Translational simulation, teams, and the EHR

By Kara Allen (@ergopropterdoc), Nova Barrios, Rebecca Szabo (@inquisitiveGyn) and Eve Purdy (@purdy_eve)

The alarm sounds in birth suite room 5. The maternity team rushes in to find a midwife caring for a woman with a post-partum haemorrhage (PPH). The team of midwives and doctors rapidly assess the woman and quickly decide that she needs to go to theatre for definitive management. Within two minutes they are in the emergency theatre. The woman needs blood, so the anaesthesiologist leaves the patient’s bedside and goes to the computer. She calls blood bank and starts trying to put in an order on the hospital’s new electronic health record (EHR). The anaesthesiologist can’t remember the precise sequence of steps….. The blood bank can’t issue the order until it’s completed. The anaesthesiologist keeps glancing at the patient and monitor while trying to input orders. “She’ll need a larger cannula,” she thinks while getting yet another error message before finally placing the order. When the blood finally arrives, two nurses must scan the bag and input the details into the computer before it can be hung and transfused for the patient. At the same time, the obstetrician can’t open the patient’s file until it is closed in birth suite. These delays are frustrating for all involved, can impact thinking and teamwork as well as leading to potential life-threatening delays for the woman needing urgent care.

The potential benefits of EHRs are inaccessible if poor usability makes work more challenging for clinicians and others involved in clinical care – like blood bank scientists and clerks as seen in the vignette above. Often “work as imagined” by EHR creators does not translate into “work as done” by teams caring for patients. This mismatch can be frustrating for teams and potentially dangerous for patients. Translational simulation focuses directly on improving patient care and healthcare systems through safety and performances issues and delivering simulation-based interventions to improve teamwork and systems. As such, translational simulation experts are well positioned to test and optimise usability of EHRs for patient safety, high-quality care, and health systems.

The integration of electronic health records (EHRs) into health organizations is both a challenge and an opportunity for those in translational simulation. We caution translational simulation teams against getting involved in the delivery of “EHR training”, “roll out education” or “competency assessment”. We do feel there are two domains where translational simulation can assist teams who are trying to integrate EHRs into their workflows – 1) contributing to EHR system design and 2) understanding and optimizing how the EHR impacts team function.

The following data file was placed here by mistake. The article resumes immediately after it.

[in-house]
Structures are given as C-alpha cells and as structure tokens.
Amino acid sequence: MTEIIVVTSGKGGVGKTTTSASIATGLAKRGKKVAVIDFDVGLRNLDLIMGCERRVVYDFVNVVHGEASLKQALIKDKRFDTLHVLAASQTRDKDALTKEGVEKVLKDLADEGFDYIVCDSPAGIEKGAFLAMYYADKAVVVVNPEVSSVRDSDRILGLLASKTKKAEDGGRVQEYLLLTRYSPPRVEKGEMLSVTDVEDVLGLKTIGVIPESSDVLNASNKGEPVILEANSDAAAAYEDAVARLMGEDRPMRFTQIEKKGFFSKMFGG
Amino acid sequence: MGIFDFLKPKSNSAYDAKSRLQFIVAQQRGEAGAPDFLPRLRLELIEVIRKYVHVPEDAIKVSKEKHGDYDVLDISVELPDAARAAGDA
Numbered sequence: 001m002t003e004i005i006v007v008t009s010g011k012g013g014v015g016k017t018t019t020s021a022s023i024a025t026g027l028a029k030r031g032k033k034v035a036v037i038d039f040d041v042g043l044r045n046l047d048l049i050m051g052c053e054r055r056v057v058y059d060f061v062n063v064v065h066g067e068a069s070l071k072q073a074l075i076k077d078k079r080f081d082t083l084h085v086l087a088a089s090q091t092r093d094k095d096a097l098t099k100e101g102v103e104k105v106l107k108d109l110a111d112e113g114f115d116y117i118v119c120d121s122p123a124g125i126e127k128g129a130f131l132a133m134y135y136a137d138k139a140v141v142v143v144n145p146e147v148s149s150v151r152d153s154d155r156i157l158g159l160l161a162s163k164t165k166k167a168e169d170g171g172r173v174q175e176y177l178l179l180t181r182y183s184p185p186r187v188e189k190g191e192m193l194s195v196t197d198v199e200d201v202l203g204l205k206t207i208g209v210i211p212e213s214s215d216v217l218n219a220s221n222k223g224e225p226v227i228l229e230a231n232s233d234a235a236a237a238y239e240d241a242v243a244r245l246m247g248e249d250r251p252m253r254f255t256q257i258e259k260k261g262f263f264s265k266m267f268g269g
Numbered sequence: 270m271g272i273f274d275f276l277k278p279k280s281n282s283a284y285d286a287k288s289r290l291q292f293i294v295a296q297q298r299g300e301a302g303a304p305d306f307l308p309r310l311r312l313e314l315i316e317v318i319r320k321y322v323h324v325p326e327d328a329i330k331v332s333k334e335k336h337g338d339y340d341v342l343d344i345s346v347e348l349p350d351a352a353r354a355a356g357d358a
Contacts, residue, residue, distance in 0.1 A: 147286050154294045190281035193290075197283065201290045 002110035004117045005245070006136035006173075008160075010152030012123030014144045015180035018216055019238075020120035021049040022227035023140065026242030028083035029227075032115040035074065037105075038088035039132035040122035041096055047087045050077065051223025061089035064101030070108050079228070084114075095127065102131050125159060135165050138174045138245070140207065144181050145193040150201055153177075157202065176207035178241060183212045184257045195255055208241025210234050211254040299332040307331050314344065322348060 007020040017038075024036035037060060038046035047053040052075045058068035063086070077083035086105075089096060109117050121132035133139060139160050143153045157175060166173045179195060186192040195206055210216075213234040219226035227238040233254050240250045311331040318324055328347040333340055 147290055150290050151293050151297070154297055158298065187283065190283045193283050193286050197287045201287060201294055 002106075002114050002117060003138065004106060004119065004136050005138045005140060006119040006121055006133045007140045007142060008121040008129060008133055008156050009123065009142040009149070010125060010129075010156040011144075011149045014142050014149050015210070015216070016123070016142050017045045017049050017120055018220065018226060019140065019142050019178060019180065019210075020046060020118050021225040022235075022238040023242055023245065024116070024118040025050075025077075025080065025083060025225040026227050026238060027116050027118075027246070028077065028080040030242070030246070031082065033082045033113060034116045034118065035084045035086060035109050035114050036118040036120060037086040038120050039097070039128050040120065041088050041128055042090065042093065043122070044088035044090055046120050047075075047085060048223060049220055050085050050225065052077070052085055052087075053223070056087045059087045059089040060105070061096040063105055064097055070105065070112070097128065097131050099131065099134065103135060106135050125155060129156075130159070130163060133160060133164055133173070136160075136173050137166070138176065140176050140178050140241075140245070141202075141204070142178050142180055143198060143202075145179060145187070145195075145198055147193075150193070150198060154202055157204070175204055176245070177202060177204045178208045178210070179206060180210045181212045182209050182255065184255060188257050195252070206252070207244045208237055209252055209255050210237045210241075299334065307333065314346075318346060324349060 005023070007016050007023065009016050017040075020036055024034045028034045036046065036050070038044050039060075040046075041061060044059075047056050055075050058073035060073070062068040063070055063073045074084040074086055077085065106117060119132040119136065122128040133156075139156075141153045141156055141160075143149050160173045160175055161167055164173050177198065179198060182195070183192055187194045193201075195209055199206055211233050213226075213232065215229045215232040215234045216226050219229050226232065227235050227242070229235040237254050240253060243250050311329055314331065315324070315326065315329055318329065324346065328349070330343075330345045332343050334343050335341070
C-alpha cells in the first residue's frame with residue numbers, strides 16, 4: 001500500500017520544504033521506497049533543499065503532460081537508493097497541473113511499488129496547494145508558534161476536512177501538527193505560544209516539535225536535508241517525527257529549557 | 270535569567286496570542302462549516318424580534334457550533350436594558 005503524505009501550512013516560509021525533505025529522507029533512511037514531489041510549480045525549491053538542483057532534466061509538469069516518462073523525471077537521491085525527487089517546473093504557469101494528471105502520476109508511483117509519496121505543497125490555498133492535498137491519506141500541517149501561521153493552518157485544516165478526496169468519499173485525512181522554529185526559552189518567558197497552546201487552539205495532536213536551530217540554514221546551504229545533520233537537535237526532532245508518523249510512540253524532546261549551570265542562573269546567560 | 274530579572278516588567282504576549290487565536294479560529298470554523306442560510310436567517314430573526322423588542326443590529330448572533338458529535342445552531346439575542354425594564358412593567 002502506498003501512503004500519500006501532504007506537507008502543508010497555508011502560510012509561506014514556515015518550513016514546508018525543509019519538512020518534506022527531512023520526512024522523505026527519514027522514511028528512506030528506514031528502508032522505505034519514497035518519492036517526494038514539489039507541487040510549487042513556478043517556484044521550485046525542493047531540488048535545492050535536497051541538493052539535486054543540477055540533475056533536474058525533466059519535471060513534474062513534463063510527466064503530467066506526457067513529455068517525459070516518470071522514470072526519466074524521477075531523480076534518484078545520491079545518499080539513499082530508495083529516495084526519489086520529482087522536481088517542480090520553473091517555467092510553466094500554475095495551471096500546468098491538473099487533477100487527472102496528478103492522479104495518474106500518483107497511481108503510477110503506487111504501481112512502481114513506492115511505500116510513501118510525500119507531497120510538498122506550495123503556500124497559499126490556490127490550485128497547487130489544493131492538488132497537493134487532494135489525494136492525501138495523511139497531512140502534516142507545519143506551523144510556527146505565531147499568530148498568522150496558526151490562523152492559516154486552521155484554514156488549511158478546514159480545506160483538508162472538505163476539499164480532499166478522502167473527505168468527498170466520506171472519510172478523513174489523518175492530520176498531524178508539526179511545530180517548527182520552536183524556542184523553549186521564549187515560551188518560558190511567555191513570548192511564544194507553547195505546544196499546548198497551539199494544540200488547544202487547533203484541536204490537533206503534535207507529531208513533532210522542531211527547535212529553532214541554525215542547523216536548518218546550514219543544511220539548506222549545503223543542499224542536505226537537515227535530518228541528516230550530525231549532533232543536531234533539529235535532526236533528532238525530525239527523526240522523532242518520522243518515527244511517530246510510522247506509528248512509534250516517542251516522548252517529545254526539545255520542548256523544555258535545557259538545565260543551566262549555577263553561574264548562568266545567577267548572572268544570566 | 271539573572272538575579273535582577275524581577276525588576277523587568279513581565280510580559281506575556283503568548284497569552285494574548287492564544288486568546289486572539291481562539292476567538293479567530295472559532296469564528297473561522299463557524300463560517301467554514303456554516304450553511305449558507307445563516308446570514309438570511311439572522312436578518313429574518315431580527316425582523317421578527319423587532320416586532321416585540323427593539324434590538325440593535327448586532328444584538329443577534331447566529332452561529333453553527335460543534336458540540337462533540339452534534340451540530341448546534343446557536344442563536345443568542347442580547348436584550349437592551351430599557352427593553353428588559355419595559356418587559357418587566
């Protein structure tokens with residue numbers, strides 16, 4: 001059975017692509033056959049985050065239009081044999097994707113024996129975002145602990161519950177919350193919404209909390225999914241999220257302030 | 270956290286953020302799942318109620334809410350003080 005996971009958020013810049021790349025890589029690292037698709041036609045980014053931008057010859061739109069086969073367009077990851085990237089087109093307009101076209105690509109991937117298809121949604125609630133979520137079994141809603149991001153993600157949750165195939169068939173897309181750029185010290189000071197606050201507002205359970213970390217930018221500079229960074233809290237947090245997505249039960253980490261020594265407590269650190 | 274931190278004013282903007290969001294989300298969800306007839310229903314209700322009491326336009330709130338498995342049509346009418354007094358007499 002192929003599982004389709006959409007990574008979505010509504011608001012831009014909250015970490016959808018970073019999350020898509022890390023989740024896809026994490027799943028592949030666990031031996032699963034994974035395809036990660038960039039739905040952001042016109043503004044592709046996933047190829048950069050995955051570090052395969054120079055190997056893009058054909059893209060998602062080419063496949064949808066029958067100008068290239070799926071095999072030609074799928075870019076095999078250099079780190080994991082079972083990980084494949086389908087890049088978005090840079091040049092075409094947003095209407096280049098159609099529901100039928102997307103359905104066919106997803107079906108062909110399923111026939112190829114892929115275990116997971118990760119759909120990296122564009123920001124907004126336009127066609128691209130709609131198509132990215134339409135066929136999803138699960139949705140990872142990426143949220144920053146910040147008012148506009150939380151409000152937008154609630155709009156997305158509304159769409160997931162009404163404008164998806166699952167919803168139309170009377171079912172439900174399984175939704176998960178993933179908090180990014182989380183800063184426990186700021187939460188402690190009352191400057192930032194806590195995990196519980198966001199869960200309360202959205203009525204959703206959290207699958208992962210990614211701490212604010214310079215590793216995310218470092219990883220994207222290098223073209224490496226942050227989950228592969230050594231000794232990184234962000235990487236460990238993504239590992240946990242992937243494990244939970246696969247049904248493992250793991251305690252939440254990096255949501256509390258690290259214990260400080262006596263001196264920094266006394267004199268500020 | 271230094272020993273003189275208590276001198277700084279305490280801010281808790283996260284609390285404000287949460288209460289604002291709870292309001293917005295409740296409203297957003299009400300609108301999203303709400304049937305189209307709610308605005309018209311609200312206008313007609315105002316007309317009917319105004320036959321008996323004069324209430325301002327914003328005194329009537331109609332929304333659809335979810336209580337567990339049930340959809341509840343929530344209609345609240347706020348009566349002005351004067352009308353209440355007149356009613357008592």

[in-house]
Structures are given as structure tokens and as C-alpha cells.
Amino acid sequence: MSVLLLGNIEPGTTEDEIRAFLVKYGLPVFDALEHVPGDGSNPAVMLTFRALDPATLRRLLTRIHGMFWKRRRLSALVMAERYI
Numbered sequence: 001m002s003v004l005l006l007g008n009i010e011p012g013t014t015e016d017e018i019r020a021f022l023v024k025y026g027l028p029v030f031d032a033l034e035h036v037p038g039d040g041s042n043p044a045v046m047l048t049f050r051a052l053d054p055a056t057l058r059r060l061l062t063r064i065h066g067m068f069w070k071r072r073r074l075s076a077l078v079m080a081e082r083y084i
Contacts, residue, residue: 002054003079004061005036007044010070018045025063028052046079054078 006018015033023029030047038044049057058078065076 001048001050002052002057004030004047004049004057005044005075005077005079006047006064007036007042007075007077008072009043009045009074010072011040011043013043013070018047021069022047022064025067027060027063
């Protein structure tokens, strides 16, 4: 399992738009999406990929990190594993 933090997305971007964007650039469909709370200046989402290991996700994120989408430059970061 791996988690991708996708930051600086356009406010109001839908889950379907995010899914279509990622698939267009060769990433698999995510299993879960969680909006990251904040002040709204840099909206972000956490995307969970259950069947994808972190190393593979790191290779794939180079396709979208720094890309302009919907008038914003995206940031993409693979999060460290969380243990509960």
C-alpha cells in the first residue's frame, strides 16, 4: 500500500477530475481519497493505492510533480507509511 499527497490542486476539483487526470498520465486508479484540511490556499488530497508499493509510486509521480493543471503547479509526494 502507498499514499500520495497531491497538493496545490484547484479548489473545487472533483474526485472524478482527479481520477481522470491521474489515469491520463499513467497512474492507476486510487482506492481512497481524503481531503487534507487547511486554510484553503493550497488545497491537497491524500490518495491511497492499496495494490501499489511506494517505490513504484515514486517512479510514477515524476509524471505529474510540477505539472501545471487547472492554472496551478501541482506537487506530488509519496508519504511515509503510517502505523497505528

Translational Simulation for EHR Development

EHRs should work for teams. Teams shouldn’t work for EHRs.

The ideal time for translational simulation involvement is at the design phase of EHR development. Just as translational simulation is valuable in designing physical infrastructure, it also has a role to play in the design of IT infrastructure.

Unfortunately, to date, user-centred design has not always been a core tenet of EHR development. Healthcare teams and patients are now sometimes paying deeply for this oversight. Coronial findings have highlighted morbidity and mortality associated with poor usability and minimal end-user involvement in development. A systematic review from 2019 outlines some of the ways simulation might be involved at the design phase and highlights the need for increased awareness of the unintended impacts on sociotechnical and cultural interfaces. Hopefully as the industry evolves it will move towards routinely including end-users in EHR design from the development phase.

Translational simulation experts are well placed to help when that time comes. For example:

  • this group used simulation to optimize their EHR interface for the reception of trauma patients (only after a disastrous initial implementation phase in the actual clinical care environment)
  • this team who used simulation to intelligently design an EHR interface to reduce task load in critical care. 

Translational simulation services could provide the perfect testing approach, in situ with real healthcare teams. This should become the industry standard for companies involved in the design and distribution of EHRs. Experts with complementary skill sets such as human factors, design thinking, and systems engineering would be invaluable in this process – providing further impetus for the translational simulation community to foster these skillsets in our ranks.

Translational Simulation for Team Integration – When EHRs don’t work for teams

The current landscape of EHR implementation globally is problematic. Instead of improving collaboration, unintended consequences show that EHR implementation may actually erode trust between teams and there have been no measurable improvements in 13/14 of the most important patient safety outcomes.